Geneva again?! Yes, I had to be in Geneva again for the second time this year. Last time I chose to take a side trip to Chamonix which was spectacular, click here to read on my post: How to make the best of Chamonix in one Winter’s day when you don’t know skiing.
It’s late September, the weather is always pleasant in Geneva with a slight dip in the temperature but still maintaining summer warmth. I searched and browsed ideas of places to visit near Geneva. Top option in my opinion is Lavaux Vineyard Terraces. The 800 hectares of vineyard terrace in the Lavaux region is listed on UNESCO world-heritage. The footpath measures some 32km in length between Lausanne to Montreux. Check out the official tourism information site: http://www.lavaux-unesco.ch/.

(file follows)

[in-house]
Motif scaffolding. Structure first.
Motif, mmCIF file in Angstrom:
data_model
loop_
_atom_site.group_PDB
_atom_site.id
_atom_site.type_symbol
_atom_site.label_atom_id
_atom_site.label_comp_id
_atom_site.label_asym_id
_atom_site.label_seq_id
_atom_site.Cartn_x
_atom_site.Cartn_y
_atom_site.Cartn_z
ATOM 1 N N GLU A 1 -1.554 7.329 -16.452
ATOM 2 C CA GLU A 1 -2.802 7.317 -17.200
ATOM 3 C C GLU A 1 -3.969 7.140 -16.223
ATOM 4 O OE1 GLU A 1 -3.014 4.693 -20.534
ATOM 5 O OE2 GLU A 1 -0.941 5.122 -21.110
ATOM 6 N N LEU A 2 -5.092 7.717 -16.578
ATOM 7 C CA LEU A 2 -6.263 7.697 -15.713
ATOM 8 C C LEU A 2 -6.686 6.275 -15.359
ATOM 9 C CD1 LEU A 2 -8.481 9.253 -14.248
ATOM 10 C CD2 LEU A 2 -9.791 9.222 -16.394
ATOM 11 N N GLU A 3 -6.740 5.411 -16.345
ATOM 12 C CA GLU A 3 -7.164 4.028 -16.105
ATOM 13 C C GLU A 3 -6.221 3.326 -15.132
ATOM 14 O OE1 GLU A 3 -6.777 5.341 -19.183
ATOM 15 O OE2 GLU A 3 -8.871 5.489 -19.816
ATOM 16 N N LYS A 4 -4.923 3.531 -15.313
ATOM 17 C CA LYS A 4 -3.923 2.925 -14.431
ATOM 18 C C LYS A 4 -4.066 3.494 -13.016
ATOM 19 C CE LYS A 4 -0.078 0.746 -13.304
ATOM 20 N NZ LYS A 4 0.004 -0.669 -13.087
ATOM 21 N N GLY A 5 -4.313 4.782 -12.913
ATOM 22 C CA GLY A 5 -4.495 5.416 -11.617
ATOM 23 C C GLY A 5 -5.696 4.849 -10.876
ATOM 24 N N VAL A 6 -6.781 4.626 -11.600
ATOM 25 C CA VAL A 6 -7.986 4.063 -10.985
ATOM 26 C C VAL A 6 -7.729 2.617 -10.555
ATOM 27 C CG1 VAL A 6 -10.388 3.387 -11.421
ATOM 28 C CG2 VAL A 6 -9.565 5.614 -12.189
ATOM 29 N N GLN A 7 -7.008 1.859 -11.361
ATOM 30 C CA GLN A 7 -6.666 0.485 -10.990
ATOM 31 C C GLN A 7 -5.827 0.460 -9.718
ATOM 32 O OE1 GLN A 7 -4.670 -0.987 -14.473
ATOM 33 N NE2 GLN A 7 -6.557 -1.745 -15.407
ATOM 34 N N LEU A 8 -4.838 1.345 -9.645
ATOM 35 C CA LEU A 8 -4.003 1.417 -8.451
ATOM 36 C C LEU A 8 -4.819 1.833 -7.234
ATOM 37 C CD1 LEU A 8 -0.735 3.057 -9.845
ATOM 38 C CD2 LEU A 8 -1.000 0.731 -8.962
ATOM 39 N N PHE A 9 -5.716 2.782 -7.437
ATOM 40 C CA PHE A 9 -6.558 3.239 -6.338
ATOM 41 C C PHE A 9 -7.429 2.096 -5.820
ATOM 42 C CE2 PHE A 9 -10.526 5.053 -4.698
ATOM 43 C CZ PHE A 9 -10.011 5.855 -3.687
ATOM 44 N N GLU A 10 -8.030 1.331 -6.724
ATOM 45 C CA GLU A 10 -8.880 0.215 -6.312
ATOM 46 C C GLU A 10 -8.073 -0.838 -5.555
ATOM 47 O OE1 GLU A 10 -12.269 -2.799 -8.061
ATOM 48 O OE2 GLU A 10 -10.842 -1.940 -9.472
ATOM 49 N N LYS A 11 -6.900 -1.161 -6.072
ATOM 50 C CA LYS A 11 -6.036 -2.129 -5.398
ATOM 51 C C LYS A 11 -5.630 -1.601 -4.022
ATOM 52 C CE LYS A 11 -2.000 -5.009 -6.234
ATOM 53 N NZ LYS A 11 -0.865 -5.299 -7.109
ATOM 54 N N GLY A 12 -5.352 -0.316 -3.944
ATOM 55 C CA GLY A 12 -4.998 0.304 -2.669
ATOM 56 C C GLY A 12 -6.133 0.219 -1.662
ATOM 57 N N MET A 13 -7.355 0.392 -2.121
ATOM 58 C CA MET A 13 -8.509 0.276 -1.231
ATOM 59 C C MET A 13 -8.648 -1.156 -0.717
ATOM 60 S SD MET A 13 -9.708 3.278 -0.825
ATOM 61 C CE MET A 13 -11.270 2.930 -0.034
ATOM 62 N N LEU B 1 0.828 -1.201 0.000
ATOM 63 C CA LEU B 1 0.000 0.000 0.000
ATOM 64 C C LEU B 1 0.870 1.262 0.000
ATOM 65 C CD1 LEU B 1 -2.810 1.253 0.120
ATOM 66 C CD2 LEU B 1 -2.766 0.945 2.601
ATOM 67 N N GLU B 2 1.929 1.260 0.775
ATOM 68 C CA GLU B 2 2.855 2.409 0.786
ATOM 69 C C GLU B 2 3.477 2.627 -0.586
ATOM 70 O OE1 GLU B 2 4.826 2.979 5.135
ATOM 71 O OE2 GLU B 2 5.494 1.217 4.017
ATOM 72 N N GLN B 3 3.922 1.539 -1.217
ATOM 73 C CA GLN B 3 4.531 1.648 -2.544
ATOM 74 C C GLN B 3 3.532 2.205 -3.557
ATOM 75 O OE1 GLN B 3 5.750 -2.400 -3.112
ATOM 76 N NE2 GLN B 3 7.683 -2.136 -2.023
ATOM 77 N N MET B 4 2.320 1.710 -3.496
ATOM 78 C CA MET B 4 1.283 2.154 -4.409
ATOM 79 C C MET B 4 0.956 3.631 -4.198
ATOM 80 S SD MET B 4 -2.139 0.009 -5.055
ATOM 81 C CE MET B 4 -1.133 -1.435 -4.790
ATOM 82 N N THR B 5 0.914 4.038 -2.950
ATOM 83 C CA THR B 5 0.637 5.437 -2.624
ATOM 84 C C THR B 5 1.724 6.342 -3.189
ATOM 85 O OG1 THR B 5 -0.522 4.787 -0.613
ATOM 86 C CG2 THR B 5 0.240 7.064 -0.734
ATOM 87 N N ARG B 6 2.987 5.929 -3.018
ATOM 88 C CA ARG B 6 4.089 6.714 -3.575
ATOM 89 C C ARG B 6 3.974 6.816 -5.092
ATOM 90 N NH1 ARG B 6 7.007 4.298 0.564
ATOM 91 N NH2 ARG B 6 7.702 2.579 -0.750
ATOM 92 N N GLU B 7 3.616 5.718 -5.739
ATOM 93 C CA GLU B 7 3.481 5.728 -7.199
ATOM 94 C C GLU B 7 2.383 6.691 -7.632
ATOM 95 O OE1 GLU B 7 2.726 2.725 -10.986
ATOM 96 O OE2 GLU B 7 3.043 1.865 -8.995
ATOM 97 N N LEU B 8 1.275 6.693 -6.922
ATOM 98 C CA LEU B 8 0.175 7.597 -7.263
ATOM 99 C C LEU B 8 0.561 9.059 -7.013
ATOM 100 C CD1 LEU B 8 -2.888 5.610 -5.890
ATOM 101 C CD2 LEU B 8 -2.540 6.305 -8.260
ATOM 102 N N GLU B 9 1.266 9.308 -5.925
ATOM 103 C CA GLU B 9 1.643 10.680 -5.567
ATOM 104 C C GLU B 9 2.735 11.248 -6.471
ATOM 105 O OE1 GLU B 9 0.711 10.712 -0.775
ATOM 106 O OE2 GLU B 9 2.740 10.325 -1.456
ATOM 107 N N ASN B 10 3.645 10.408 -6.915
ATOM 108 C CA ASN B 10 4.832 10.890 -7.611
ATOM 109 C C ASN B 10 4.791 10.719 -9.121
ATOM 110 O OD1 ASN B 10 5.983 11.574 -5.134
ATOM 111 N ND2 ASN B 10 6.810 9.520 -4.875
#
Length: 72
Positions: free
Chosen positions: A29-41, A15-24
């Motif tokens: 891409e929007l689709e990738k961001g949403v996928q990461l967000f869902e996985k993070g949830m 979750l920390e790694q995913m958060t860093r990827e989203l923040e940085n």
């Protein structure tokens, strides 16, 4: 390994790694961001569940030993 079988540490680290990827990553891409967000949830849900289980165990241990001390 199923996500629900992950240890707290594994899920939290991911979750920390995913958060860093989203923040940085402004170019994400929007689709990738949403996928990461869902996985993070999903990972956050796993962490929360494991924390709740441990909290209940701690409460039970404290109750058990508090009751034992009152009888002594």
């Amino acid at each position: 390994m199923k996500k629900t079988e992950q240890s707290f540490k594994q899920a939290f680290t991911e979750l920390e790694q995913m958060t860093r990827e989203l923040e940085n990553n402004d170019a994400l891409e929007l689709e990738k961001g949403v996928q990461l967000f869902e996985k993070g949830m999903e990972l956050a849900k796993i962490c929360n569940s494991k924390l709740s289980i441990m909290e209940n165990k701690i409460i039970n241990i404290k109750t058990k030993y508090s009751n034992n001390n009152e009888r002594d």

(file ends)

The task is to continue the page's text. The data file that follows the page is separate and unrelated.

The site of Lavaux is vast for day visitors, so an advanced and concrete plan is very much needed. Don’t be like me: sloppy planning led me to waste a lot of time looping in circles on the train, although the views through the window were quite enjoyable. Here are the things you need to know before going.
Purchase your train ticket in advance:
Train tickets / timetables can be found here: https://www.sbb.ch/en/home.html
They only allow online ticket purchases 1 day prior to your trip. I wish I could have known this before I arrived at Geneva airport train station, an online ticket will be a lot cheaper than purchasing it at the counter or with the ticket machine.
What type of train ticket should you get?
There are so many options. Since this post is all about my one-day trip to Lavaux I will list out what I know.
A one-day pass that works on all transports in Switzerland including boats on Geneva lake and trains run by MOB (known: GoldenPass, http://www.goldenpass.ch/en) which take you into the Alps.
A regional pass for all zones in Lavaux costs CHF 29 for unlimited rides on the public transport in the region. This is the pass I bought for my day trip plus a return ticket between Geneva airport and Lausanne.